- Copies of vaccination/medical records, proof of ownership, etc.
- Written directions to your property so anyone can direct helpers/emergency response personnel to your location
- Contact list
- Have a printed list of everything that needs to happen in the event of an emergency, in order of importance, and have copies of that list in multiple locations so that anyone who comes to help can see what still needs to be done and nothing is forgotten in the chaos of the moment.
- If you can, put halters on your livestock first. That way anyone who comes to help can catch them more quickly, even if they don’t have experience with halters.
- Anyone not familiar or comfortable with livestock can still help by loading feed into the truck or trailer. You should have feed, supplements, medications, and water for all of your animals for three days at the minimum. Large trash cans with lids are great for transporting water.
- Keep a truck hooked up to your trailer at all times if possible. This will give you a better chance of getting your animals out in the event of an evacuation with no warning, and will keep you from having to hook up a trailer under the added stress of an evacuation.
- Make sure you have the contact information of anyone driving a trailer with any of your animals in it. This will ensure you can track down all your animals if you get separated and end up at different evacuation points.
Preparing as much as possible before fire season will save you precious time in the event of an evacuation, and can help save the lives of your animals. In addition to establishing your support network and doing everything you can to maximize efficiency during an evacuation, it is also important to prepare your animals and property in advance.
Practice haltering and trailering your animals to ensure it goes smoothly during an evacuation.
Preparing Your Animals and Property for Fire Season
- When creating defensible space around your home, don’t forget about your barn, paddocks, arenas, or other buildings.
- Plan for potential evacuation points. Be sure to have multiple in different directions and at different distances from your property so you have your bases covered no matter the location of the fire.
- Have a specified location where you will leave your animals if you are unable to evacuate them. Make sure it is far from brush or trees. Open-air arenas or similar areas are a great option. If you have to leave your animals, be sure they have food and water for at least three days, and don’t rely on automatic watering systems as power may not be available.
- If a fire is nearby and there is a chance you will need to evacuate (or simply for the duration of fire season), put some sort of identification on your animals in case you have to set them loose or you lose track of them at an evacuation point. This can be a metal tag braided into their hair, a tag around their neck, a brand/tattoo, writing/shaving in their coat, etc., just make sure it includes your name and phone number and is fireproof. If you write on your animals, be sure it is with a non-flammable substance.
- Keep your vehicles filled with gas and remember to start them every so often so the battery doesn’t die and you can be sure they are running reliably.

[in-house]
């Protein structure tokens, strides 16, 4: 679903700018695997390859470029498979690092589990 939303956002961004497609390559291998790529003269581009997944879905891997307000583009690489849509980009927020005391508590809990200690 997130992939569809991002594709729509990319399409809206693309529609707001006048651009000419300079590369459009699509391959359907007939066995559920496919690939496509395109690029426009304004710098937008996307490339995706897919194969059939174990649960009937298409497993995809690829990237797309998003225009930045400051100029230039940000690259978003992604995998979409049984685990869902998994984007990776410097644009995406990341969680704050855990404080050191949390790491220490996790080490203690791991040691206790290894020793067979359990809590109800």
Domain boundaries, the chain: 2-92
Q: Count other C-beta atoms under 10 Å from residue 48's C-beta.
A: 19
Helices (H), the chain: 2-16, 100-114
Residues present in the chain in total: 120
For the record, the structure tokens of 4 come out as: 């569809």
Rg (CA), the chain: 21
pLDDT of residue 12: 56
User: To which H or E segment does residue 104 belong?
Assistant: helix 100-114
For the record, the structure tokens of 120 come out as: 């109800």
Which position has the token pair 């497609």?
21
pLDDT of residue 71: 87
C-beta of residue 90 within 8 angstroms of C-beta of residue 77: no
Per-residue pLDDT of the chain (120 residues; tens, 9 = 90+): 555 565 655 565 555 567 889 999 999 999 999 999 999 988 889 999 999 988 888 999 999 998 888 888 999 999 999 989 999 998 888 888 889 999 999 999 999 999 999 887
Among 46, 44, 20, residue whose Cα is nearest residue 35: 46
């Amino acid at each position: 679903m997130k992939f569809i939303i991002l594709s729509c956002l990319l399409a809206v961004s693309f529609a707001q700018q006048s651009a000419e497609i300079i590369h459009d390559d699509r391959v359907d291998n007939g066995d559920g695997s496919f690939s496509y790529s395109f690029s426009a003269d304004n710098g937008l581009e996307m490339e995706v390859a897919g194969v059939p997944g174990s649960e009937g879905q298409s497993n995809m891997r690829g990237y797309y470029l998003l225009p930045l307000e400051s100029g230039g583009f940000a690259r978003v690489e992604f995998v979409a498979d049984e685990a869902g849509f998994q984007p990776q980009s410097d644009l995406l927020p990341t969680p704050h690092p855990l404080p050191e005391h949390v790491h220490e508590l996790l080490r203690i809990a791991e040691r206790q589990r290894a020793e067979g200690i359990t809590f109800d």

Sometimes, no matter how prepared you are, there just isn’t enough time to load up your livestock and get out. If you do not receive enough warning and need to evacuate immediately, do so. As scary and sad as it is, sometimes there isn’t enough time to get your livestock out with you. Firefighters will do their best to save any animals they can, but it is not their job to evacuate your animals. If the fire is already jumping into your fields or paddocks, set your animals loose and get them running. Open gates or cut fences for them so they aren’t trapped (and close gates behind them so they don’t return to the burning paddock you just released them from), and remove halters, ropes, or blankets, as these can get caught on things or catch on fire. Do not risk getting trapped on your property. The safety of yourself and other people is always the first priority.
Fire season is just getting started, and while I was lucky enough not to have to evacuate during the Grandview fire, there are many months of fires ahead. It is vital for me and everyone else with livestock to be as prepared as possible ahead of time. Every second counts in an evacuation. In addition to the preparations listed above, be sure to sign up for your area’s emergency notification alerting system.
If your county or city is connected with Zonehaven, visit community.zonehaven.com to find your zone and check its status in real time. If not, find out what system your county uses and be sure to check it regularly. You can also write to or call your public officials and suggest Zonehaven to them. Zonehaven provides an integrated platform that allows emergency responders to plan, execute, and communicate evacuations much more rapidly than traditional methods, saving precious time and lives of people and animals in the process.
If there is anything you think should be added to these lists, please put it in the comments below. Like I said above, it’s best to have multiple people collaborating on evacuation plans in order to cover any gaps or oversights each of us may have, so your input is encouraged and appreciated!